Blankenship's Unconvincing on Impartiality

In a CNBC interview last week, Don Blankenship, CEO of Massey Energy Co., answered questions stemming from a recent decline in his company's stock....

September 15, 2008

CNBCIn a CNBC interview last week, Don Blankenship, CEO of Massey Energy Co., answered questions stemming from a recent decline in his company's stock. When asked to respond to a New York Times editorial highlighting Massey's legal trouble and his suspect dealings with the West Virginia courts, the CEO dismissed the facts as skewed, and would not acknowledge that his actions posed any conflict of interest.

(For more background on this case, we have written on Blankenship's campaign contributions and questionable relationship with judges HERE and HERE)

While it is unclear how Blankenship managed to keep a straight face during the interview while denying that even the perception of a conflict of interest exists—even the news anchors on the pro-business CNBC appeared to find Blankenship's answers unsatisfactory—what is clear is that events like these make it increasingly difficult, if not impossible, for state courts to preserve public confidence.

The appearance of impartiality is not satisfied just because,
according to Blankenship, Justice Brent Benjamin ruled against Massey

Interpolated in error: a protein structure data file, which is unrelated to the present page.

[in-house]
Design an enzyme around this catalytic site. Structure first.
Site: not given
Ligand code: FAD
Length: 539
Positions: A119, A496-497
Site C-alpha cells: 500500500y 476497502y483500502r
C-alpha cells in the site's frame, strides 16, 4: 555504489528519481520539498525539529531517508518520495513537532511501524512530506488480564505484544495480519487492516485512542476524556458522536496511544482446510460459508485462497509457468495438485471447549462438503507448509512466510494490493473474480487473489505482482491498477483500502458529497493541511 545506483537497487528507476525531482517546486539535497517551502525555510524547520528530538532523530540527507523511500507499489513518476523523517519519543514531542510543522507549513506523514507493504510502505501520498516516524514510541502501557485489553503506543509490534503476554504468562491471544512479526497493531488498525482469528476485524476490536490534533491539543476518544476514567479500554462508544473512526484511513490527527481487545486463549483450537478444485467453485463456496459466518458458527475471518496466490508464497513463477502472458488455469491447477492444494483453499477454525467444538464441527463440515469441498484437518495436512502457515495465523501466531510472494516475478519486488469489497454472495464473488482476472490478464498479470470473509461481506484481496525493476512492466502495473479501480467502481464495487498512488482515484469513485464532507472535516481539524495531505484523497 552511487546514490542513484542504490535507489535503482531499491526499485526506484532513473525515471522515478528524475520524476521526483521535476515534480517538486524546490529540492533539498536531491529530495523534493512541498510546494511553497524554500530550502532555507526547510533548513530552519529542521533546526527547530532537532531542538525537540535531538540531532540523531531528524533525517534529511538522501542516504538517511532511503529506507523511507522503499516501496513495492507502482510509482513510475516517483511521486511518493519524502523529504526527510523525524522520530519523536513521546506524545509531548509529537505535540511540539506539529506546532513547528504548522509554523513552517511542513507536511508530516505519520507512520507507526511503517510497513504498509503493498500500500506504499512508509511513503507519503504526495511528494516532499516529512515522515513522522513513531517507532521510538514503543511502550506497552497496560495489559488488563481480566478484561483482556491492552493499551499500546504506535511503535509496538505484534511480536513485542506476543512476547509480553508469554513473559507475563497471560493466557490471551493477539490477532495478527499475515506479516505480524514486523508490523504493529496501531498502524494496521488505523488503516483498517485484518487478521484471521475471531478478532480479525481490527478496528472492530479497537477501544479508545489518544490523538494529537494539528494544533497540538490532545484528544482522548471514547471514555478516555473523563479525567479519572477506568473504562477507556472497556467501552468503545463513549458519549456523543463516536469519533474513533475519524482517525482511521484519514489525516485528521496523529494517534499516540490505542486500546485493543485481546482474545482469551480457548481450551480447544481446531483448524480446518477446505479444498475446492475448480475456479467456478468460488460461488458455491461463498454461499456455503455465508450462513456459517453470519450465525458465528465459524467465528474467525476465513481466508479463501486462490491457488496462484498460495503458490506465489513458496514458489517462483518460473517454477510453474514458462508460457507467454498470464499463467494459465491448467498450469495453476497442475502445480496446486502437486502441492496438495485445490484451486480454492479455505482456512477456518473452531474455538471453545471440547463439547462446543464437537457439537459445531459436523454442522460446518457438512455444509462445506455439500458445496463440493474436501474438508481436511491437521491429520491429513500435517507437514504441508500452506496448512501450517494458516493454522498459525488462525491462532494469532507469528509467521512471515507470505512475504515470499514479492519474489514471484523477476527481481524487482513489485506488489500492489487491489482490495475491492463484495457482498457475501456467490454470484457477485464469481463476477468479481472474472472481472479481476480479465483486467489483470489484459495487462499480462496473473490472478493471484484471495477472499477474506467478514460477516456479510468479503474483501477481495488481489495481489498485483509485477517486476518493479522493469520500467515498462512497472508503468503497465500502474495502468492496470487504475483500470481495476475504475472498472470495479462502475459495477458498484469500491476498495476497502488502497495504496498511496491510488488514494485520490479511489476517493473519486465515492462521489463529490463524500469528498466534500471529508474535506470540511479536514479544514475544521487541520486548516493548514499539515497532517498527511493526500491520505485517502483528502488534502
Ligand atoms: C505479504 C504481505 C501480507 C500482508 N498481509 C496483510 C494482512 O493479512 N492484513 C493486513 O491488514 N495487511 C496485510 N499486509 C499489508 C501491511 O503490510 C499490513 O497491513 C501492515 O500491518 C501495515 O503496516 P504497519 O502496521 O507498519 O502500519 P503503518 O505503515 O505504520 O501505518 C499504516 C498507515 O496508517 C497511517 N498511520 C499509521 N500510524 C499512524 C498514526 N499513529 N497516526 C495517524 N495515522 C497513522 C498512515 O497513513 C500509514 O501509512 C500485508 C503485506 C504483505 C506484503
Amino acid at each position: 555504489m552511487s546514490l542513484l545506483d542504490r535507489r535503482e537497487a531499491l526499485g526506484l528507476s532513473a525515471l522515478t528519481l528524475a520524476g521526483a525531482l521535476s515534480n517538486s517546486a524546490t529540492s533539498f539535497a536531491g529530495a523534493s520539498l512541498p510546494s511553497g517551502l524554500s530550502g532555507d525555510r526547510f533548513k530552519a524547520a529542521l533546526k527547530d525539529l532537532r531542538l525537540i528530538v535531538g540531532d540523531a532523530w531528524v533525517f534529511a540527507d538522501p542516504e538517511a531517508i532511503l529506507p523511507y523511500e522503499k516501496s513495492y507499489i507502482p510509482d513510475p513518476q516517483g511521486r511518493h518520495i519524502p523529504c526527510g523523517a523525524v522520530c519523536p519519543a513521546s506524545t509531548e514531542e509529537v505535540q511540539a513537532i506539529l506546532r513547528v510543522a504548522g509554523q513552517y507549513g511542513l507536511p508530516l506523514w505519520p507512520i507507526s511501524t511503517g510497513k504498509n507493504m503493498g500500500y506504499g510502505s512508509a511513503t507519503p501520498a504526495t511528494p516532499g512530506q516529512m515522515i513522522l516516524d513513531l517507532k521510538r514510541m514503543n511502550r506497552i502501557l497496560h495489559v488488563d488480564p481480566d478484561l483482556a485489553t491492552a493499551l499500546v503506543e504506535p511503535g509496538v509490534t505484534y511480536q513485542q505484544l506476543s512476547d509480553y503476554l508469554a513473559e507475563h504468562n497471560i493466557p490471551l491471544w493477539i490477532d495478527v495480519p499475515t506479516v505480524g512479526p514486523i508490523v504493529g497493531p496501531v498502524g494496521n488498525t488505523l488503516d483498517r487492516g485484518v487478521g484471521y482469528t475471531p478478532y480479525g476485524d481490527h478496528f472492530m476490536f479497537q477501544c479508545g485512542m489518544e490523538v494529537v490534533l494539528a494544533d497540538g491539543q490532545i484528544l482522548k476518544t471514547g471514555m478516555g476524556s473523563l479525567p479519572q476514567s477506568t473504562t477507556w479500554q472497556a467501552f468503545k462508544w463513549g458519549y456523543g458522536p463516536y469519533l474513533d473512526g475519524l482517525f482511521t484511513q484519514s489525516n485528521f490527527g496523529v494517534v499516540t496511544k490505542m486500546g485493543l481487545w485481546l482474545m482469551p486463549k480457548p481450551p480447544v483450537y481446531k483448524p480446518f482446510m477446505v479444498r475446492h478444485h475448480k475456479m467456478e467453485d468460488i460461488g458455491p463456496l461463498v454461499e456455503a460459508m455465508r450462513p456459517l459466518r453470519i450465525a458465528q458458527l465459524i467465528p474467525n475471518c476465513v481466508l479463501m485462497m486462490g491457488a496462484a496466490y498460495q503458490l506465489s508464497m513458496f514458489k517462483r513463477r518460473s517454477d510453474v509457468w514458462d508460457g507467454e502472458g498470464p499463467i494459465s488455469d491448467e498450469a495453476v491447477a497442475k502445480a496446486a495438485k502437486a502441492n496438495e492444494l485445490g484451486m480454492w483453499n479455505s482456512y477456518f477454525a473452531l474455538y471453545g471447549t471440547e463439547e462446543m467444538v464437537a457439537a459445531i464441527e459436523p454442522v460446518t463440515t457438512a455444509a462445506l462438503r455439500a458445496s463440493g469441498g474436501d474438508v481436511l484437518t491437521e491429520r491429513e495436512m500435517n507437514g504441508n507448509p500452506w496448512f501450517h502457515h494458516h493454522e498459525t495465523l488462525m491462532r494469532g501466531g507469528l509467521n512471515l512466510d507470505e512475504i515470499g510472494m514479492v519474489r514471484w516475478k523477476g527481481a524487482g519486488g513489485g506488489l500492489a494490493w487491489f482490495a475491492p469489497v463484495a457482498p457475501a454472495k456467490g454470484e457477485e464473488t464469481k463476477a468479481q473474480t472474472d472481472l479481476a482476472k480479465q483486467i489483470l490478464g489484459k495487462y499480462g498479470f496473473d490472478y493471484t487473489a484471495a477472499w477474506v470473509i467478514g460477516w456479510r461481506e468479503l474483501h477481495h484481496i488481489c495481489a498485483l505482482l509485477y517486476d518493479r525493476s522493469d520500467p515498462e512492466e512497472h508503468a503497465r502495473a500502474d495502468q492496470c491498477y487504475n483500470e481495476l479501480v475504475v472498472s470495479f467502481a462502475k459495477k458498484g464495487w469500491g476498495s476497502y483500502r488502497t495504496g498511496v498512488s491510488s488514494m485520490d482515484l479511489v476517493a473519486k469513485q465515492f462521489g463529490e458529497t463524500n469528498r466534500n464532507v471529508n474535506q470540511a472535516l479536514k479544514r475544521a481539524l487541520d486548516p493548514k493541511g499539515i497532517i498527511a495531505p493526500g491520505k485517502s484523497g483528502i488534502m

in previous cases. The exorbitant sum and timing of the campaign
expenditures in this case poses significant concerns regarding the
floor of due process. As courts continue to be inundated with
special-interest campaign money, it becomes increasingly important for
states to beef up on back-end procedures like recusal. Imposing recusal
standards would be swift, visible and right in line with improving the
appearance of fairness and impartiality in our courts.

Although Blankenship would like to believe that his actions only
received attention due to "the location in the world"—the French Riviera—where he and
Chief Justice Elliot "Spike" Maynard dined, advocates for the right to
a fair hearing before an impartial arbiter—in appearance and in
actuality—know better. The U.S. Supreme Court should use this
opportunity to provide much—needed guidance with respect to the basic
elements of due process.